Air carriers around the world should brace themselves for potentially harder-to-get and more expensive financing to purchase aircraft, says a new report.
“Airlines will need to be prepared for increased costs for fleet acquisitions or even situations of costs increasing for existing financings,” according to the analysis by PricewaterhouseCoopers.
Demand for new aircraft is at sky-high levels these days, fuelled by expanding airlines in emerging markets, the emergence of a new generation of aircraft, the replacement of aging North American fleets and cost-cutting measures by airlines requiring more fuel-efficient planes.
At the same time, airlines face a number of headwinds on the financing side, says the report.
Funding pressures are up because of ongoing global economic uncertainty, the European sovereign debt crisis, the recent downgrading of several European banks and the growing difficulty in obtaining U.S. dollar funding, it says.
Also putting pressure on pricing are new, more market-oriented policies by leading export credit agencies, including Export Development Canada.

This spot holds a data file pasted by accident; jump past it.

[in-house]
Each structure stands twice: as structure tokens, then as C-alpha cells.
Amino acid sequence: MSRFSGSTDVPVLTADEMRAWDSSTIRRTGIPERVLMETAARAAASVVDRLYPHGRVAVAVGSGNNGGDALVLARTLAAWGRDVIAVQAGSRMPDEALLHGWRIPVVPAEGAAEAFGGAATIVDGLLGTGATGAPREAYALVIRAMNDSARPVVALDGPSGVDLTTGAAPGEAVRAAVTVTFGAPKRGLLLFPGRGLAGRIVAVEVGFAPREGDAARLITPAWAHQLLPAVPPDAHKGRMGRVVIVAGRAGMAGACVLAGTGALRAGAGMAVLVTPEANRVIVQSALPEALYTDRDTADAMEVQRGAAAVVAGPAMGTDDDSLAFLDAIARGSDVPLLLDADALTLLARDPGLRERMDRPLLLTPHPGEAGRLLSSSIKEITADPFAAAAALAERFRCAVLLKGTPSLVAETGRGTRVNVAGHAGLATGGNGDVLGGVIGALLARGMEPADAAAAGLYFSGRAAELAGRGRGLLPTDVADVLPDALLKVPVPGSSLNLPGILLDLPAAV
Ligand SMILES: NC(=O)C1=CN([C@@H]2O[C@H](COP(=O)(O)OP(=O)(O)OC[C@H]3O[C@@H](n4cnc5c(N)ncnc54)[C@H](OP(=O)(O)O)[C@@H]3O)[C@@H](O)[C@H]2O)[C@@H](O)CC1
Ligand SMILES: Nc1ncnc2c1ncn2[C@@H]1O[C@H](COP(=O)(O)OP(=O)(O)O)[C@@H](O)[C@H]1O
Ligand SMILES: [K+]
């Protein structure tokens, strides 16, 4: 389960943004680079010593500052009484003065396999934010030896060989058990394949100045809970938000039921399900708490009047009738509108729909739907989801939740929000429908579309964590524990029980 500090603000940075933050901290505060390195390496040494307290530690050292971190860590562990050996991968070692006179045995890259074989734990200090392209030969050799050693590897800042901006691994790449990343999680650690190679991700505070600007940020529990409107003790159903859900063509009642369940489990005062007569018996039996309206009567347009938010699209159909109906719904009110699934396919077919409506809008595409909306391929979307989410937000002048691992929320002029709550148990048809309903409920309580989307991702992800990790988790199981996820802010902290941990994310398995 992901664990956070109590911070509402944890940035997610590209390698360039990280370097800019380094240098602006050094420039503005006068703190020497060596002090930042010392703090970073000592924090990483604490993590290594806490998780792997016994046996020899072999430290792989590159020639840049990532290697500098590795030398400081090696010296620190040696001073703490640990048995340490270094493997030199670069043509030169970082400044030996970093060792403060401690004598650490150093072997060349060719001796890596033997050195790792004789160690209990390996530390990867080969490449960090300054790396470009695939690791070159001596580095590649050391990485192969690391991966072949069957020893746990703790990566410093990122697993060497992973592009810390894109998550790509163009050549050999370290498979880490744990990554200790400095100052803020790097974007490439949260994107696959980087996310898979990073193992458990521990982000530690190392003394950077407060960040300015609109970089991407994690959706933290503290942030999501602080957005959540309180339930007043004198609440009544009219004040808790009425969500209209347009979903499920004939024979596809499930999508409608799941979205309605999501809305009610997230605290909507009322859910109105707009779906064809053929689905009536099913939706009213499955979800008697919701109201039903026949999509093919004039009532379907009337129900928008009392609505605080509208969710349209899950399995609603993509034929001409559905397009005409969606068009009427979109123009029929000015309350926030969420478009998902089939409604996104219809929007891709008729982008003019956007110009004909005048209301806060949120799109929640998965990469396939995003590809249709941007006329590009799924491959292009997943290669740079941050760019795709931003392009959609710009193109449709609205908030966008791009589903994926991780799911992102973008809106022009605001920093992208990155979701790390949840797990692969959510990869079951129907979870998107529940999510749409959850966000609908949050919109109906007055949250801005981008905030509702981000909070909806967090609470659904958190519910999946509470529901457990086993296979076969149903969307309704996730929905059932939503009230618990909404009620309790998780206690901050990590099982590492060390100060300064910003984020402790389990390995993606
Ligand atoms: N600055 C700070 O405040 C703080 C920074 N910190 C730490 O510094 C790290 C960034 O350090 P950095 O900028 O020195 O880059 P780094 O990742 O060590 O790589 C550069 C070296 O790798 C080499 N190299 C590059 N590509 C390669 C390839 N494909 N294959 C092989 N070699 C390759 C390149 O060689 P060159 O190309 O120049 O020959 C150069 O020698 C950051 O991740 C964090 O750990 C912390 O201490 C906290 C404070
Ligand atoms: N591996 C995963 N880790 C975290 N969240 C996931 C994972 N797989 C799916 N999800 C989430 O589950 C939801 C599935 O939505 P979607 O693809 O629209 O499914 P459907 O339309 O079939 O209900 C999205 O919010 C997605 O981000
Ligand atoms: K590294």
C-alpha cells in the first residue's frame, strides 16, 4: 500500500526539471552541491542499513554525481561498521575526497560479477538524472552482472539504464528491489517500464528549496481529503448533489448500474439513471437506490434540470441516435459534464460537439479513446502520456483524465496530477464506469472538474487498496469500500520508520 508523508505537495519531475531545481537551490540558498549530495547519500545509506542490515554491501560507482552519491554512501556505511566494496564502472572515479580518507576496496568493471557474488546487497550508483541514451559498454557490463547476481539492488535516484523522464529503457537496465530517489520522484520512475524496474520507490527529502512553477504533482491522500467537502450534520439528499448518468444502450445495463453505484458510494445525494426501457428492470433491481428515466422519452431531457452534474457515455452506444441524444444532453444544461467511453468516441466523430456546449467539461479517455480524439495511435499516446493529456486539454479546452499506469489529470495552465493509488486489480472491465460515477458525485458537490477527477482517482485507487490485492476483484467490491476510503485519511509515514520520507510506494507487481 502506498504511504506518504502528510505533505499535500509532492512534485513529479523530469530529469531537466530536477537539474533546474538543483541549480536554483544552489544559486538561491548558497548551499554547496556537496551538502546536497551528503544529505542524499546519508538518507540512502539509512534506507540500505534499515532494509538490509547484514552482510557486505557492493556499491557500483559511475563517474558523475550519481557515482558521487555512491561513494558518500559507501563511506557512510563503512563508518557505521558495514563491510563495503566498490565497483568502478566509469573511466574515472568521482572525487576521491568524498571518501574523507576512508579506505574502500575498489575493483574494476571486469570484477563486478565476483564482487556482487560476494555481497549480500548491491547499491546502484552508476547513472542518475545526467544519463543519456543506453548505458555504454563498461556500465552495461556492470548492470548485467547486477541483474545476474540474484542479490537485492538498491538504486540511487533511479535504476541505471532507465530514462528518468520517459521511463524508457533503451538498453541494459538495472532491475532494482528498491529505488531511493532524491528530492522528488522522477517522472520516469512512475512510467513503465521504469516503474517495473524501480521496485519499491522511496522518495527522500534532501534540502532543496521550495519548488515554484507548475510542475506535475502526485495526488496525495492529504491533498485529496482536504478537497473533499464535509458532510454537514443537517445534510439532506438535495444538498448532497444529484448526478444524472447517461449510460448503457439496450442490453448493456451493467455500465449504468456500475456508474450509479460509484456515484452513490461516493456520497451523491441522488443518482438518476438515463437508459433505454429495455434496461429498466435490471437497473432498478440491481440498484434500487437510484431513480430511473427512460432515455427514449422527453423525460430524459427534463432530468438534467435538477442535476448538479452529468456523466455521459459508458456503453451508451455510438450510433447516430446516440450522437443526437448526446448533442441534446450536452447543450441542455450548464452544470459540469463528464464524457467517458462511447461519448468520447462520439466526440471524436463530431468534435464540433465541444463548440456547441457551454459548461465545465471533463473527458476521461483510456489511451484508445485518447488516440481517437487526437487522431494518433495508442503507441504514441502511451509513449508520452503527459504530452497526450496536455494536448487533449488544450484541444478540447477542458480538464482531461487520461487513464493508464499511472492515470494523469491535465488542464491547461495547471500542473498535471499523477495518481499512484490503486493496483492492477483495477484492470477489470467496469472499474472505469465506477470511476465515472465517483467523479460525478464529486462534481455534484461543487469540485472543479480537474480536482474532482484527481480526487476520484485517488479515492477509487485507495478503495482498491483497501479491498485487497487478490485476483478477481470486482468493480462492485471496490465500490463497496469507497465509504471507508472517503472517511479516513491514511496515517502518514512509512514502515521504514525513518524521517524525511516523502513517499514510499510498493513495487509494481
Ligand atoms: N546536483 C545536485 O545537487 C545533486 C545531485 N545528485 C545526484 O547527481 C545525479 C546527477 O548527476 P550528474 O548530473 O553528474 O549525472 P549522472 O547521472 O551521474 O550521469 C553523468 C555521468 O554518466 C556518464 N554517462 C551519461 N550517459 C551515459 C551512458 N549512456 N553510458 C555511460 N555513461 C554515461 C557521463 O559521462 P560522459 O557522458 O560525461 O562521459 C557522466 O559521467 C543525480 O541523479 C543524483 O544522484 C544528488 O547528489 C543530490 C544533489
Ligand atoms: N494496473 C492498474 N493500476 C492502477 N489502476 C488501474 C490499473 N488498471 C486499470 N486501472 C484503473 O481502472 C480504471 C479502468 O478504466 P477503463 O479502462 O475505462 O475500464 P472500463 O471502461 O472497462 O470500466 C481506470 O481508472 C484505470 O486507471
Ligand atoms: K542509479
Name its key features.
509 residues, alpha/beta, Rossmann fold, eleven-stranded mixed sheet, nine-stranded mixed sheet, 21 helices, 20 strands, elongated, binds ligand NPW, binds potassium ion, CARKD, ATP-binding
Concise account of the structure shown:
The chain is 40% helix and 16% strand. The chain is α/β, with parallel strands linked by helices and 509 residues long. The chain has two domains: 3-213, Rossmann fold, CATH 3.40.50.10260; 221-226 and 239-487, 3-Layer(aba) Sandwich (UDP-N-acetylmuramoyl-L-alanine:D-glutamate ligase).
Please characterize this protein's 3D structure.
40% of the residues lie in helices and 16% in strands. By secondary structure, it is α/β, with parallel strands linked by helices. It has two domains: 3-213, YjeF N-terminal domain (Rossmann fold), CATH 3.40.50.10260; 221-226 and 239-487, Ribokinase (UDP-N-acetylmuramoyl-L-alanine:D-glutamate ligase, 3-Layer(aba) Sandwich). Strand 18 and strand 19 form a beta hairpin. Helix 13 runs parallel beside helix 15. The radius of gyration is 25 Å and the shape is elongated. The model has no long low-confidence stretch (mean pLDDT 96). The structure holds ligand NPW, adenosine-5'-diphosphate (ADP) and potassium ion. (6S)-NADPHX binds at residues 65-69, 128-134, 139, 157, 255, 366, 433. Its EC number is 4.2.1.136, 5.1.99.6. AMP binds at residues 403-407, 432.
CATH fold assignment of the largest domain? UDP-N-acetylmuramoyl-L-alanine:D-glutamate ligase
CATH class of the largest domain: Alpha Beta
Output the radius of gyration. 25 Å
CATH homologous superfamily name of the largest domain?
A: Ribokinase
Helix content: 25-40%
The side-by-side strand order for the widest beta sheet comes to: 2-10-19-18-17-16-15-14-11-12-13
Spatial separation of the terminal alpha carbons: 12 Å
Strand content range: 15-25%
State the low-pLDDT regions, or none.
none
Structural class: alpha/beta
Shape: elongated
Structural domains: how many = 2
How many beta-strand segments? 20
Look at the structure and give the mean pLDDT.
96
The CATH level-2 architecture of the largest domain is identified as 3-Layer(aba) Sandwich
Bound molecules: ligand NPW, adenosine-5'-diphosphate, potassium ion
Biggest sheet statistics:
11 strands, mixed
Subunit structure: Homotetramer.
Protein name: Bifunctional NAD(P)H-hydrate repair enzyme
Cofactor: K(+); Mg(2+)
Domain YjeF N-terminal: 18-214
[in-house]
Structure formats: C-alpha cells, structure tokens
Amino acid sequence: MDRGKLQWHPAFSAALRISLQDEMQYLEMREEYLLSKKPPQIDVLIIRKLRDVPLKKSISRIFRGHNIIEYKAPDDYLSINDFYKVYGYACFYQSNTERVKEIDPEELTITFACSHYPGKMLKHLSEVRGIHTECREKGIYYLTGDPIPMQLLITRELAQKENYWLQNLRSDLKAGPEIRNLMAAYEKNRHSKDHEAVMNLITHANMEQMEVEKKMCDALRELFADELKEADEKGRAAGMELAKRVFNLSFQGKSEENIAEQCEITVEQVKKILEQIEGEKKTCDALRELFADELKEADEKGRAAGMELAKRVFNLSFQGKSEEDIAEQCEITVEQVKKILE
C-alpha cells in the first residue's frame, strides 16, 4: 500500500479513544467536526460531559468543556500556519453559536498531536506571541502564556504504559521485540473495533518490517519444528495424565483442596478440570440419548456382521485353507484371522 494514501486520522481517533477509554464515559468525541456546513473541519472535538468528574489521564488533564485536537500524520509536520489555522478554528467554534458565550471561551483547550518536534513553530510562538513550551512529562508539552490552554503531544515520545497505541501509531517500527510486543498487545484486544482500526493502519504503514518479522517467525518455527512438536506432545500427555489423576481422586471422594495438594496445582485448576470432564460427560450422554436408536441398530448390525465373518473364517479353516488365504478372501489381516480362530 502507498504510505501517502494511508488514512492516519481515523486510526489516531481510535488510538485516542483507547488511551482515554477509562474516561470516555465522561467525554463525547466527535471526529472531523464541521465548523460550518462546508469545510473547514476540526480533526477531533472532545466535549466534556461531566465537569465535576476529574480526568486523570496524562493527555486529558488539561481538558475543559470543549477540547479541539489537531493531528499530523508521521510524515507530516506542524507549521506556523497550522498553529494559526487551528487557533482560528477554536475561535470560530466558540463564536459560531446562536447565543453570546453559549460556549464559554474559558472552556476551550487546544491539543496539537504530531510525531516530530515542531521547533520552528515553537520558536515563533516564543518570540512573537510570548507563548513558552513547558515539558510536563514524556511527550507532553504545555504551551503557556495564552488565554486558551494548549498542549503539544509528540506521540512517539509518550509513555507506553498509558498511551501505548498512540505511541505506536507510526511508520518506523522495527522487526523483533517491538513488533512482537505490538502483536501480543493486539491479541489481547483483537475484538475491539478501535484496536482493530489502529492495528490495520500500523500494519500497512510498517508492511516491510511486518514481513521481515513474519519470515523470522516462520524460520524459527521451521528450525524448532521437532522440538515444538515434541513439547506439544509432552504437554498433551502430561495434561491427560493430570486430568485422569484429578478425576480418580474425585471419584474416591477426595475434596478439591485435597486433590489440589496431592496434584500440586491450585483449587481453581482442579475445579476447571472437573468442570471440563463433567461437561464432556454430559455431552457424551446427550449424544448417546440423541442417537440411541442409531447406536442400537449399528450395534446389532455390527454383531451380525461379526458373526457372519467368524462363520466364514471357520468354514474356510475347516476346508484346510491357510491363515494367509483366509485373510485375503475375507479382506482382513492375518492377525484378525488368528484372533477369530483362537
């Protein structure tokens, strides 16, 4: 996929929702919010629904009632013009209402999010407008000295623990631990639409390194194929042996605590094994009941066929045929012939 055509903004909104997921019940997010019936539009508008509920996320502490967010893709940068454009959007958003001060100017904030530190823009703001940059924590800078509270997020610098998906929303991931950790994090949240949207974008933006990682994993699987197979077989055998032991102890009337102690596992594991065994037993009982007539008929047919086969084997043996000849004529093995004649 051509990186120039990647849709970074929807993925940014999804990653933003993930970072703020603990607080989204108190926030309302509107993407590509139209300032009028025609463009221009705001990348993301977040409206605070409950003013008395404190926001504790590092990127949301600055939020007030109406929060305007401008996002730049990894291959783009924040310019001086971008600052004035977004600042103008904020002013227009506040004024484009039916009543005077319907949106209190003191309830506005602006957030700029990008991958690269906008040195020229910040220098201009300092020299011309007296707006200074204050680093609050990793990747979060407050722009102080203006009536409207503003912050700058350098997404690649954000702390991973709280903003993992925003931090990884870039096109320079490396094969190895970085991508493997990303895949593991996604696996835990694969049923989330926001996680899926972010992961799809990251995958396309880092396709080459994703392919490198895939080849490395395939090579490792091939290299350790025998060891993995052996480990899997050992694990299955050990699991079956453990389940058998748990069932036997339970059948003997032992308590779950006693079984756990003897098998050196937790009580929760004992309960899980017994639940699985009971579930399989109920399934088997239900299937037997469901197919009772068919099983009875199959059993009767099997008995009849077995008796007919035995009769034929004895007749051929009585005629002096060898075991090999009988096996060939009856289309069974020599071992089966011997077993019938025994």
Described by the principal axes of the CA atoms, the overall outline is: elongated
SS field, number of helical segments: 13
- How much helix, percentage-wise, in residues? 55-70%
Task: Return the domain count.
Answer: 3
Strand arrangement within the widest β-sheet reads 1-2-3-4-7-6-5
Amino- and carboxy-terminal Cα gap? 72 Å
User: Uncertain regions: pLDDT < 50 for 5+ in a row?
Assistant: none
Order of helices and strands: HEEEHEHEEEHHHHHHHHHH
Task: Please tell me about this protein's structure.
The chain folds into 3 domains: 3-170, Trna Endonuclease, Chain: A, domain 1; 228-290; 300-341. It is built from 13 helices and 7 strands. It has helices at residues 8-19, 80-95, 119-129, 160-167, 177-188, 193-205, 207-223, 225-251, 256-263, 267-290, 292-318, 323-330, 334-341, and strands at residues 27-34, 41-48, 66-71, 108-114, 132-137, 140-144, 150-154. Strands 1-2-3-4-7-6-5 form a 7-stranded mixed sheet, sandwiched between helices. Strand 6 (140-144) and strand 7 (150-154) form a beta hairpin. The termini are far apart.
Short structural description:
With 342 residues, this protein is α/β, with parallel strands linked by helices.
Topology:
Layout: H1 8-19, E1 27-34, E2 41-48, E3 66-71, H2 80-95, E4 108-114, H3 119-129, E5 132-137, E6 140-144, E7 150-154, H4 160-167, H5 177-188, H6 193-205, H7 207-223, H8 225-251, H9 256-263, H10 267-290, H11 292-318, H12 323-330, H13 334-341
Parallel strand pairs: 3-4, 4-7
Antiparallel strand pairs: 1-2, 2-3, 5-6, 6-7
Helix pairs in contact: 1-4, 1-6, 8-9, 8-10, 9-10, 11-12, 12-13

Airlines will likely accelerate the search for alternative sources of funding and might also be forced to pass on higher aircraft funding costs to consumers via more expensive tickets, the PwC report says.
Aircraft deliveries will have to be financed over the next three to five years at a time when liquidity is scarcer and the ability to leverage assets is reduced, says the study.
“The key challenge for airlines, who have record orders in place, will be to find financing at a competitive rate in an exceptionally tough environment,” it says.
In the end, financing will likely be found, but at potentially higher prices, the report concludes.
Airlines, lessors, manufacturers and financiers will have to work together and be more inventive in locating additional sources of financing, it adds.
Manufacturers, such as Boeing Co., Airbus SAS and Bombardier Inc., may also have to step up by providing a greater share of customer financing, says the study. Manufacturers’ share was 7 per cent last year, up from 3 per cent in 2011, according to the analysis.
This new context offers an opportunity for non-traditional investors to step in, according to PwC.
Already, there have been new investment flows into the sector as funds backed by the governments of China, Singapore and the UAE enter the fray with substantial stakes, the report says.
Other pools of cash that have not historically been present in the sector but that might be interested include sovereign wealth funds, insurance companies, pension funds and some private equity funds, it says.